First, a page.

Thursday, 6 August 2015

Nike: End of an era for chairman Phil Knight

Earlier this month Phil Knight announced he would be stepping down as the chairman of the sports apparel company Nike. As one of the most influential business people in the world, the self made CEO has generated an estimated personal wealth of $25.5 billion dollars. Knight co-founded the company back in 1962, which at the time was known as Blue Ribbon Sports. Initially they operated as a distributor of running shoes for the Japanese company, Onitsuka Tiger. They soon began designing and selling their own branded shoes and changed names to Nike in 1978.

The company was named after the Greek Winged Goddess who personified victory. Its famous swoop logo was commissioned for a mere $35 and shortly after the famous “Just do it” slogan was coined. After increasing success in the late 70’s, Nike began to loose ground to competitors in the mid 1980’s. It was at this time Phil Knight began to realise the importance of marketing and began to make changes that still resonate and are felt in the company today.

Rather than being simply just a product and technology orientated company Nike began to put the consumer of the product in the spotlight. When asked if Nike is a technology company or marketing company, Knight replied “We’ve come around to saying that Nike is a marketing-oriented company, and the product is our most important marketing tool.” Nike’s decision to put customers interests first turned the from a million dollar company to a billion dollar company.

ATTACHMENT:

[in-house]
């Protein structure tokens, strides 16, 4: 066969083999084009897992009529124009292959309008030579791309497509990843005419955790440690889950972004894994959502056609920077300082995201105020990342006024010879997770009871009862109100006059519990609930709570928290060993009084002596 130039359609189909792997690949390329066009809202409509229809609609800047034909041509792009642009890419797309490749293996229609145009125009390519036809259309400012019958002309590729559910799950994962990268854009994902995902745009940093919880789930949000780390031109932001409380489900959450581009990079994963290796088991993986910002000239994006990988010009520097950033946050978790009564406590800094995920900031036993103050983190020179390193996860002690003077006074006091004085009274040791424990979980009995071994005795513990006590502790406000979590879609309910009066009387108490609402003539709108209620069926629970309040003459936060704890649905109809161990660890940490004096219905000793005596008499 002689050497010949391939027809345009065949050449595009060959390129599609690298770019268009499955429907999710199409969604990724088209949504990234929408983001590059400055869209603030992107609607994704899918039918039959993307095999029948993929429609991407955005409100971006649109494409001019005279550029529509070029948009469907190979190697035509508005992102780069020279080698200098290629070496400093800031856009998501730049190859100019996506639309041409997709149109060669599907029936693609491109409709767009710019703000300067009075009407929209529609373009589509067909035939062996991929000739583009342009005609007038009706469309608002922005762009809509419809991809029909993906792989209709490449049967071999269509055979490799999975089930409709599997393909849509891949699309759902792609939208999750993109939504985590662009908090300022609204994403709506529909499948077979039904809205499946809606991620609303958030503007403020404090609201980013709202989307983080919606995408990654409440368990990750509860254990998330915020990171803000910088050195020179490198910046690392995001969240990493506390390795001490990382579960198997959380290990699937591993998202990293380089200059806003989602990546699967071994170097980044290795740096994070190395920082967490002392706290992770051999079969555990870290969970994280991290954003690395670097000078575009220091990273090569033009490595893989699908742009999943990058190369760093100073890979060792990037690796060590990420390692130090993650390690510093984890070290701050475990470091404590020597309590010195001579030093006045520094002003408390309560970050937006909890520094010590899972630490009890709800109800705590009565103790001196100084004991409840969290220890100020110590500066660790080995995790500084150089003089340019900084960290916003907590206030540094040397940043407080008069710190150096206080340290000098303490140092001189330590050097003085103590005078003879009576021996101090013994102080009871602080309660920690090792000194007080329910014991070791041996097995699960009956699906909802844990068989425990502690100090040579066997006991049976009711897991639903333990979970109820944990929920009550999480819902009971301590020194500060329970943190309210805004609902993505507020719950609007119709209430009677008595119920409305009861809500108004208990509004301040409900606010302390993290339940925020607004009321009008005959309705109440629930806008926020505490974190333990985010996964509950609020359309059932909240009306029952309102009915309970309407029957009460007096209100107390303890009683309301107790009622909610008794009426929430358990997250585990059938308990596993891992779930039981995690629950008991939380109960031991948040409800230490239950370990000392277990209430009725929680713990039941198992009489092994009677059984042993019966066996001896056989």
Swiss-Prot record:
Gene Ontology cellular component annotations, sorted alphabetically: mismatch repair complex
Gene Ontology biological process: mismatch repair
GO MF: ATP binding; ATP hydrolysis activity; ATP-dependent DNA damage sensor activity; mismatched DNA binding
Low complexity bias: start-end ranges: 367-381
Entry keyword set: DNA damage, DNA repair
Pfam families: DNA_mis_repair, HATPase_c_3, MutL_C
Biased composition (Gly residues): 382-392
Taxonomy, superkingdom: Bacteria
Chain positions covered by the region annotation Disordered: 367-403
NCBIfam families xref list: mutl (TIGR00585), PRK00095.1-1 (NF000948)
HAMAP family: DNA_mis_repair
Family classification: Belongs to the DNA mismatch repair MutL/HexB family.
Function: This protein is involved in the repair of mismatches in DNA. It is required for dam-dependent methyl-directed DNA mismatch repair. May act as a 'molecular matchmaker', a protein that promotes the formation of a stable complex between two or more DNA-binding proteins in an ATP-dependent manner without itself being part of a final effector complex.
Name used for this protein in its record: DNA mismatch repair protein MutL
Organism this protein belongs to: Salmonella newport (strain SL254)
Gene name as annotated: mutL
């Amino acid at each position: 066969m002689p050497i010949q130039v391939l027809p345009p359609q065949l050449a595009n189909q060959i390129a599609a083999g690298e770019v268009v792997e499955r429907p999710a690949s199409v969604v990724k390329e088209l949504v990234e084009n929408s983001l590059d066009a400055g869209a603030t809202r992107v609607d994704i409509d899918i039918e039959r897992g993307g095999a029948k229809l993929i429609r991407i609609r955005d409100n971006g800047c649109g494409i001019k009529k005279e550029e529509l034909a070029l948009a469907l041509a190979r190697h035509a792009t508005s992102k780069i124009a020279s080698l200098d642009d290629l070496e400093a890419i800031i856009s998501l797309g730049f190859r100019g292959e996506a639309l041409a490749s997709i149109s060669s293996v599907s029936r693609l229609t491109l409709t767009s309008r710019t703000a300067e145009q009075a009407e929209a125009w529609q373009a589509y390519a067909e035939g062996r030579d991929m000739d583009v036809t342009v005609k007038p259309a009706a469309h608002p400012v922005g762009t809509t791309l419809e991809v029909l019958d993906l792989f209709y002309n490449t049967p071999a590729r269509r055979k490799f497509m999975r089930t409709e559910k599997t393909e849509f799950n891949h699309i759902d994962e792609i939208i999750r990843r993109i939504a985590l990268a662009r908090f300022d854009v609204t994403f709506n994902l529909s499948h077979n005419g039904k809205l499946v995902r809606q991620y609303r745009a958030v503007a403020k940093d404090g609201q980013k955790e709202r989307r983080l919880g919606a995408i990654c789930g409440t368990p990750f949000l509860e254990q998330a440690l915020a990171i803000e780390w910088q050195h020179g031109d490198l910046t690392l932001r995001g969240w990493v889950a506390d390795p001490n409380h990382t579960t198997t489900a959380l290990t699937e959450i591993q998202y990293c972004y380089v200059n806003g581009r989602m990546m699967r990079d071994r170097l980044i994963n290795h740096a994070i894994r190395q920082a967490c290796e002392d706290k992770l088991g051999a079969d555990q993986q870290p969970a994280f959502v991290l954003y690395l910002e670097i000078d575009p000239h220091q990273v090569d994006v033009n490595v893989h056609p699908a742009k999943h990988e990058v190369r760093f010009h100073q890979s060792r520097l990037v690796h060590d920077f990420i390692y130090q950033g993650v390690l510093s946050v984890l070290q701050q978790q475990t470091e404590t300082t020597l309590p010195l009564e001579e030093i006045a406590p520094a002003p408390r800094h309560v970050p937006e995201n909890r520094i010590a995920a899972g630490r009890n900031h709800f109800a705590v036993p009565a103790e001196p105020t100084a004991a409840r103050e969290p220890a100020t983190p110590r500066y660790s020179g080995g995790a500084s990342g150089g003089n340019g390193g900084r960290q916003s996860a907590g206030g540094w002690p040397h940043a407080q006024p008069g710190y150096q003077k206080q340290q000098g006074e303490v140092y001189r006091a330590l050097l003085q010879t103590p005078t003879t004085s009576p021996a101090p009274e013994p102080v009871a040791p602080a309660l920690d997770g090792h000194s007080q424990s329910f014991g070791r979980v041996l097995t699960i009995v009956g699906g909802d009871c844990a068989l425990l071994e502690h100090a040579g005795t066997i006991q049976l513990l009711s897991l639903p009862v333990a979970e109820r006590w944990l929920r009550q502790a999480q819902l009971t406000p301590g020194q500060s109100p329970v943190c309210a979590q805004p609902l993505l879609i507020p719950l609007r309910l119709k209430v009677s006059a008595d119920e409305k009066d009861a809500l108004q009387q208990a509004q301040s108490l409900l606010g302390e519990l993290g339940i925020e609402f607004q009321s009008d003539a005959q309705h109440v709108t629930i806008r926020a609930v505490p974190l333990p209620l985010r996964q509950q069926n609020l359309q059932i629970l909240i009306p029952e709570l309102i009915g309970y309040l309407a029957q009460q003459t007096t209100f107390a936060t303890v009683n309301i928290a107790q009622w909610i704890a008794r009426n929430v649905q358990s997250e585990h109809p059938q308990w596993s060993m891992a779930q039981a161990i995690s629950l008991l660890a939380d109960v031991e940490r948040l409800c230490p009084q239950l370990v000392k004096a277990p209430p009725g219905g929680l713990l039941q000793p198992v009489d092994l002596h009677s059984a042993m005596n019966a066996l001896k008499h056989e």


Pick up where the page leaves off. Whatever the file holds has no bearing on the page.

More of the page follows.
Nike’s consumers have played an important role in leading innovation over the years. They have also been able to collaborate with Nike in designing and customising shoes with NikeID launched back in 1999. One of the keys to Nike’s success has been their ability to understand and connect with consumers. Time and time again, Nike has been able to come up with new designs and target audiences and find meaningful ways to connect with them. By breaking their offerings into sub-brands Nike has been able to target everyone from elite athletes at the pinnacle of sport all the way to non-athletes who wear the apparel for fashion and not function.

After receiving significant criticism during the 90’s for their alleged use of child labour, Nike began to make significant changes in their commitment to corporate social responsibility. Being a marketing-orientated company, Knight realised that visibility is important and “It’s not enough to do good things. You have to let people know what you’re doing”. Marketing plays a critical function for Nike, not just in terms of getting their brand to market, but also highlighting the positive steps they have made to improve their environmental record with initiatives such as the Reuse-A-Shoe program.

With Phil Knight’s vision Nike have oozed creativity and innovation from the very beginning. Pushing the boundaries of technology in sports apparel has seen them benefit from superior products in the marketplace. However, in the post Phil Knight era, Nike must remember that its greatest ability comes from successfully connecting with their many customers.

Robert Brunning
Current student in the Master of Marketing program at the University of Sydney Business School

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